sd <- 250
ci <- 90
me <- 25

se <- me / 2.575
n <- (sd / se) ^ 2

Luke will need 663.0625 students


High School and Beyond

High School and Beyond, Part I. (7.20, p. 266) The National Center of Education Statistics conducted a survey of high school seniors, collecting test data on reading, writing, and several other subjects. Here we examine a simple random sample of 200 students from this survey. Side-by-side box plots of reading and writing scores as well as a histogram of the differences in scores are shown below.

  1. Is there a clear difference in the average reading and writing scores?

NO

  1. Are the reading and writing scores of each student independent of each other?

Since read and writing scores come from the same student, we should assume they are NOT independent are in fact paired.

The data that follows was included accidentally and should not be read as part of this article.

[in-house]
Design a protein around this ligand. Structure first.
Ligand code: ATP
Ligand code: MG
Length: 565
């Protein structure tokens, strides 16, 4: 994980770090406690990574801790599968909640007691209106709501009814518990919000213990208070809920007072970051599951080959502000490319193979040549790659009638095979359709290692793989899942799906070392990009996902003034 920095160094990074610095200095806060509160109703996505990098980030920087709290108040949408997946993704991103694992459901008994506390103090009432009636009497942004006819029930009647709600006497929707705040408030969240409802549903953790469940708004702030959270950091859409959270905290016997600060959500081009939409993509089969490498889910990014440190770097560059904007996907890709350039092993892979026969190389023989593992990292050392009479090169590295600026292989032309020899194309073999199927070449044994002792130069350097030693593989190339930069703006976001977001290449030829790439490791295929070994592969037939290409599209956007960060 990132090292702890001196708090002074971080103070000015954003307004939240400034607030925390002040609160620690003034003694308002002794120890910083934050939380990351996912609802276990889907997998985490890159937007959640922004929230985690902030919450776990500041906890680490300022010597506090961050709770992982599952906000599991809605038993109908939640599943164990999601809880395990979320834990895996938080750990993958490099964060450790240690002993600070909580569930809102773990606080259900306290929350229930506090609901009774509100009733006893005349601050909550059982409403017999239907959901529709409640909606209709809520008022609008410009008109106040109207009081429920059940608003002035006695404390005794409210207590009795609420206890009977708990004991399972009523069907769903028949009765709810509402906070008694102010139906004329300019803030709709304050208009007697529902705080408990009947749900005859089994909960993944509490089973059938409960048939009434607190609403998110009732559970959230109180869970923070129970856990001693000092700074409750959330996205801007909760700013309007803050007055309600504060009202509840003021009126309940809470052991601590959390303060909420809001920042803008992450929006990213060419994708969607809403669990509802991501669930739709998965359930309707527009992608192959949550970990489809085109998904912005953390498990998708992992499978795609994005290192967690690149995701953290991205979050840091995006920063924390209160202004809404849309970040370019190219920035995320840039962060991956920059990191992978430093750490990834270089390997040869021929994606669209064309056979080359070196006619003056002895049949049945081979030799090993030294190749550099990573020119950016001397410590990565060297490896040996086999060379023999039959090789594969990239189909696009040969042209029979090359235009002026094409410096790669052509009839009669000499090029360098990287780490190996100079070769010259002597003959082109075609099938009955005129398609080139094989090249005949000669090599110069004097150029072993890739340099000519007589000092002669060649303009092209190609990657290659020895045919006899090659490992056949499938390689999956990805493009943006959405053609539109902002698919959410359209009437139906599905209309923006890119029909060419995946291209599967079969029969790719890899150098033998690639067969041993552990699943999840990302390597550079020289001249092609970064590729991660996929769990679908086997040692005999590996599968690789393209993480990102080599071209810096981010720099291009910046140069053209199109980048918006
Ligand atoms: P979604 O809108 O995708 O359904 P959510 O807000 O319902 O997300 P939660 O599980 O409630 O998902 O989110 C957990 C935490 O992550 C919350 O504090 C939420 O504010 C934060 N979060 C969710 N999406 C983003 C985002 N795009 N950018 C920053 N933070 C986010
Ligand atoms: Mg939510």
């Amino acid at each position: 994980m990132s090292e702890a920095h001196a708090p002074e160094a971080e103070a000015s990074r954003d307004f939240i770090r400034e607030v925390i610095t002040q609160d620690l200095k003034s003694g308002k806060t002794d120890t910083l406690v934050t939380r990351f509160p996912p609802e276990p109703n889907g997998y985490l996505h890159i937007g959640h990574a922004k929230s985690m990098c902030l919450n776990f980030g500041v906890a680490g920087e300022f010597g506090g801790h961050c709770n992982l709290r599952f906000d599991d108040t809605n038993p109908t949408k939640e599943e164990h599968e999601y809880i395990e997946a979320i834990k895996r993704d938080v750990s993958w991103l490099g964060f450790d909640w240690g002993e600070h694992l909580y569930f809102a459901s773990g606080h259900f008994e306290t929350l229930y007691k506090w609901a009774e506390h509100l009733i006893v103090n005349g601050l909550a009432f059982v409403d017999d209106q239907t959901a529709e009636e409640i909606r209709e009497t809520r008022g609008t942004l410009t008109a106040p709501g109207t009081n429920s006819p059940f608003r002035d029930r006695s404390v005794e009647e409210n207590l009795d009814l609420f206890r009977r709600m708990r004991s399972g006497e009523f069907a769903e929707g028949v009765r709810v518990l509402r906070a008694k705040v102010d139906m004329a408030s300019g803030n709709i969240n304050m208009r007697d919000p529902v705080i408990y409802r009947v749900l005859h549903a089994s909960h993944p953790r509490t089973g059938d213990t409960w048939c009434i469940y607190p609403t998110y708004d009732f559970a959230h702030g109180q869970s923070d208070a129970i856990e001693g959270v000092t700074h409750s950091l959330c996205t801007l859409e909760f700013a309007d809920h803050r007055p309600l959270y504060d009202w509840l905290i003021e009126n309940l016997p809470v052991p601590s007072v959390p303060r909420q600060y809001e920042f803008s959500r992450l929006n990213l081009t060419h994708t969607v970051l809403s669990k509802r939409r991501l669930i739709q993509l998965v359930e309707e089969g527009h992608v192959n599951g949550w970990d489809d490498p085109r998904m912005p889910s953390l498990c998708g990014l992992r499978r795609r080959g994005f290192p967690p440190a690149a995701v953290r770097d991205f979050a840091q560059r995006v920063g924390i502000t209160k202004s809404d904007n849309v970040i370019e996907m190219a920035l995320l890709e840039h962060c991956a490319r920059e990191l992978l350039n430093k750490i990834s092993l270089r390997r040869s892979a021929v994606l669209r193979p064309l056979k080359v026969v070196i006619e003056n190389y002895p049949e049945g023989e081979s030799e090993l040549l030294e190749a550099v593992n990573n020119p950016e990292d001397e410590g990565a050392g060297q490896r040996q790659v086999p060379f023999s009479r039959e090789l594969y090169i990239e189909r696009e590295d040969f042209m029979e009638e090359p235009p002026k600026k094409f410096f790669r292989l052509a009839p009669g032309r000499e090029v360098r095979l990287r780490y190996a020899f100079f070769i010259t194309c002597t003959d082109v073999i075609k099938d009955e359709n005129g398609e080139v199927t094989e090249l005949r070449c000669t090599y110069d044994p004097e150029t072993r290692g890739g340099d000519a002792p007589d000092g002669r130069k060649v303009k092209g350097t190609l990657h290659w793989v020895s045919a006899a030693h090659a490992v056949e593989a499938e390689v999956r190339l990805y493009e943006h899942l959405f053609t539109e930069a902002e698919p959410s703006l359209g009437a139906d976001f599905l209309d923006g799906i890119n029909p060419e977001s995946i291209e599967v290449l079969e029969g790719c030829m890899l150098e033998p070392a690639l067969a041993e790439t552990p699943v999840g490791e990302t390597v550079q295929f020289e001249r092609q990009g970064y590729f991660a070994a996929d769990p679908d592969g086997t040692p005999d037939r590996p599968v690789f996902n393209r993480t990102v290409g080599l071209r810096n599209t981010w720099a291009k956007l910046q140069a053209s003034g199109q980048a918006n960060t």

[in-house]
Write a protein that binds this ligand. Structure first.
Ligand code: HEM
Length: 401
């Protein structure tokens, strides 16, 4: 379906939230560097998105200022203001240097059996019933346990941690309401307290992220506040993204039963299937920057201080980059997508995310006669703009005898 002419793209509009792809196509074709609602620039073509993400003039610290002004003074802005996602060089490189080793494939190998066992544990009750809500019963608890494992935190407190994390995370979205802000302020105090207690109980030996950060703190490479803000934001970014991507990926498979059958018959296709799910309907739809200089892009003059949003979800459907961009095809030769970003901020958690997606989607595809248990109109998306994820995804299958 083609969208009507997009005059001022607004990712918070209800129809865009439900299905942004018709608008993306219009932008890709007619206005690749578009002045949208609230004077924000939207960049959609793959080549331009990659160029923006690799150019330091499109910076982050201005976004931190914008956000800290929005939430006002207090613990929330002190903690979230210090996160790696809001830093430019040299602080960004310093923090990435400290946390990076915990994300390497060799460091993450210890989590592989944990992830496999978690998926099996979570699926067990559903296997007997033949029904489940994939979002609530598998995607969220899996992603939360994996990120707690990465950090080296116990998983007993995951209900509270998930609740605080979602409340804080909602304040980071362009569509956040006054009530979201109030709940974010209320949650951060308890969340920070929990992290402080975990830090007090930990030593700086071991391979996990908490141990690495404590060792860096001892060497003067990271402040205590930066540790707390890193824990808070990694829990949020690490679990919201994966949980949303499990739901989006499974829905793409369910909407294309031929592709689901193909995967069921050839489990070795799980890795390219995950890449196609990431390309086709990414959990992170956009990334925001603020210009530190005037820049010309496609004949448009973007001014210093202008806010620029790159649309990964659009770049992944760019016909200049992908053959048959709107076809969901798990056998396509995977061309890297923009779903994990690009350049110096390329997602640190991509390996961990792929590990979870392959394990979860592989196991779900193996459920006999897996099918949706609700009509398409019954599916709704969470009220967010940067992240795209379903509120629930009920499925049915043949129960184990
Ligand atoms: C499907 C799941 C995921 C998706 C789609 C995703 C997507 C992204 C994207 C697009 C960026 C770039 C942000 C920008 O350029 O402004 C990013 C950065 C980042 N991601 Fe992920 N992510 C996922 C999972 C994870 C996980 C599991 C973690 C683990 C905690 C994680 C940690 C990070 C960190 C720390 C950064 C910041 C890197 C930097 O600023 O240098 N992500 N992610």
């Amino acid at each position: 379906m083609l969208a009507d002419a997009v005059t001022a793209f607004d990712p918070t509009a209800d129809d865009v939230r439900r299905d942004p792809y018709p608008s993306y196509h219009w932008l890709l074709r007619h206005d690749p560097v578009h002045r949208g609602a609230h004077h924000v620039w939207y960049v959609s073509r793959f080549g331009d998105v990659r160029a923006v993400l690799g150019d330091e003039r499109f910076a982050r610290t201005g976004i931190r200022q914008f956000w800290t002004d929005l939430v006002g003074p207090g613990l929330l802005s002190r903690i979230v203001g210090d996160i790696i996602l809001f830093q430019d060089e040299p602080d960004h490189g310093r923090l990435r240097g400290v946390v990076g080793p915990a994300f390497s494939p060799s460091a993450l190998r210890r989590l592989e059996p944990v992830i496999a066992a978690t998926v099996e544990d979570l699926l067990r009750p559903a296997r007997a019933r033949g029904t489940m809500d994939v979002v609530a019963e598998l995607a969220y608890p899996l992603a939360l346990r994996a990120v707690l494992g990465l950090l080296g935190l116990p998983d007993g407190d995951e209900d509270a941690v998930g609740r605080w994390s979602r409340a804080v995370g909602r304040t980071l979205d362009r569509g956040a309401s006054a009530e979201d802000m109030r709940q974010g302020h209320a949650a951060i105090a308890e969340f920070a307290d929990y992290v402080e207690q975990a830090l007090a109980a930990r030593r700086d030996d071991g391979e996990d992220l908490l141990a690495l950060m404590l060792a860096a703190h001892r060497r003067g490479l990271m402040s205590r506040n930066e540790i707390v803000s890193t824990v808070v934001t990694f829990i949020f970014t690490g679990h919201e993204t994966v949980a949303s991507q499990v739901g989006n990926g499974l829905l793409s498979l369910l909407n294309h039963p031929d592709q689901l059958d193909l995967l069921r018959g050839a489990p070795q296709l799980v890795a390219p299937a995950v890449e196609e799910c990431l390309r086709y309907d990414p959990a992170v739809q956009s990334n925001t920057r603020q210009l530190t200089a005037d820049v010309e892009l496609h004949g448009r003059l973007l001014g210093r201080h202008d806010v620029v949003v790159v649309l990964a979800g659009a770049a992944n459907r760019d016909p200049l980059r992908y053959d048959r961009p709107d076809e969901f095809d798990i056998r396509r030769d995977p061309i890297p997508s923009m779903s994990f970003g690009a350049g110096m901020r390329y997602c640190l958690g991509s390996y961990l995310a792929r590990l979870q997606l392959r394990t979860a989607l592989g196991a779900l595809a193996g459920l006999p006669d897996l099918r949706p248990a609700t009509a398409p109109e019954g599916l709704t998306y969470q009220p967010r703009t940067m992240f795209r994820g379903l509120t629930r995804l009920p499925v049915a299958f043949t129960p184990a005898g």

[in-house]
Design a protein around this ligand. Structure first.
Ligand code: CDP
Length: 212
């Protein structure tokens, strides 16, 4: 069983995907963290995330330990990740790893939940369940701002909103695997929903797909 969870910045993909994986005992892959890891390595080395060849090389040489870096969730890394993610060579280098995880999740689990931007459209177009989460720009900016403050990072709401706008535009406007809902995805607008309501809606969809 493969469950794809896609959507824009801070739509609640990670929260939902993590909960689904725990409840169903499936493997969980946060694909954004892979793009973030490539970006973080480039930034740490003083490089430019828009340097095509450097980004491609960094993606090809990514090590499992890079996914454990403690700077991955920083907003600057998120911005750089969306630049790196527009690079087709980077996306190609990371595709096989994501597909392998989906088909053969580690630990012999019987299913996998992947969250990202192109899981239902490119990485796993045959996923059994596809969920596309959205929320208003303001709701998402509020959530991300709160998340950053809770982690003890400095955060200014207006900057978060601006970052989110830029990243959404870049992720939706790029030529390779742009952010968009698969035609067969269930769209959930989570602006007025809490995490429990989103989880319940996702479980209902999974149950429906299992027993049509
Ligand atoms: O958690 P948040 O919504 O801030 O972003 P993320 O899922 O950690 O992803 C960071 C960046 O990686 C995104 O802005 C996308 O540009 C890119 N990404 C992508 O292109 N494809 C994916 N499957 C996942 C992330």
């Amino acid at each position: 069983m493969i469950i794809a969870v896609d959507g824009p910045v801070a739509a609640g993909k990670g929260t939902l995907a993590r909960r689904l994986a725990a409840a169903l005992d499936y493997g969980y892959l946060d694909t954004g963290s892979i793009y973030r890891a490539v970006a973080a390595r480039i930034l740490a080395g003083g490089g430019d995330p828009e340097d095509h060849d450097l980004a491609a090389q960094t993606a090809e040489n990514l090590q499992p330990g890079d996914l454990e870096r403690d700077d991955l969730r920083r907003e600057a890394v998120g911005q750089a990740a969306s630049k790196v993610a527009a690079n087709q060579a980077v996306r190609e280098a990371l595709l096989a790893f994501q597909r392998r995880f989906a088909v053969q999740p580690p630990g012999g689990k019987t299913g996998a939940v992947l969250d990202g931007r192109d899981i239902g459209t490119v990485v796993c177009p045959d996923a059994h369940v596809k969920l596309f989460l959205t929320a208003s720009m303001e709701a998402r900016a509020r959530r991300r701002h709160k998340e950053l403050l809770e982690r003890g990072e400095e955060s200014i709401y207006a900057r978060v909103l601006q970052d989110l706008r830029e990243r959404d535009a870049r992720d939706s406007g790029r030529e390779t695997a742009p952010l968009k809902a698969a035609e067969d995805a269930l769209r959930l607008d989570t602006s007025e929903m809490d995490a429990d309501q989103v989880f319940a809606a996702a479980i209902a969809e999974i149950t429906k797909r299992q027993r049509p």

1. Create hypotheses appropriate for the following research question: is there an evident difference in the average scores of students in the reading and writing exam?

\(H_{0}\): Scores between read and writing are NOT different

\(H_{A}\): The reading and writing scores are differentscores are different

  1. Check the conditions required to complete this test.
  1. The average observed difference in scores is \({ \widehat { x } }_{ read-write }=-0.545\), and the standard deviation of the differences is 8.887 points. Do these data provide convincing evidence of a difference between the average scores on the two exams?

\[Z=\frac{-0.545-0}{\frac{8.887}{\sqrt{200}}} = \frac{-0.545}{0.628} = -0.87\]

\[p_{value} = 0.1949 * 2 = 0.3898\]

With a p so much larger than 0.05, we cannot reject the null hypothesis and conclude there are no differences between the scores.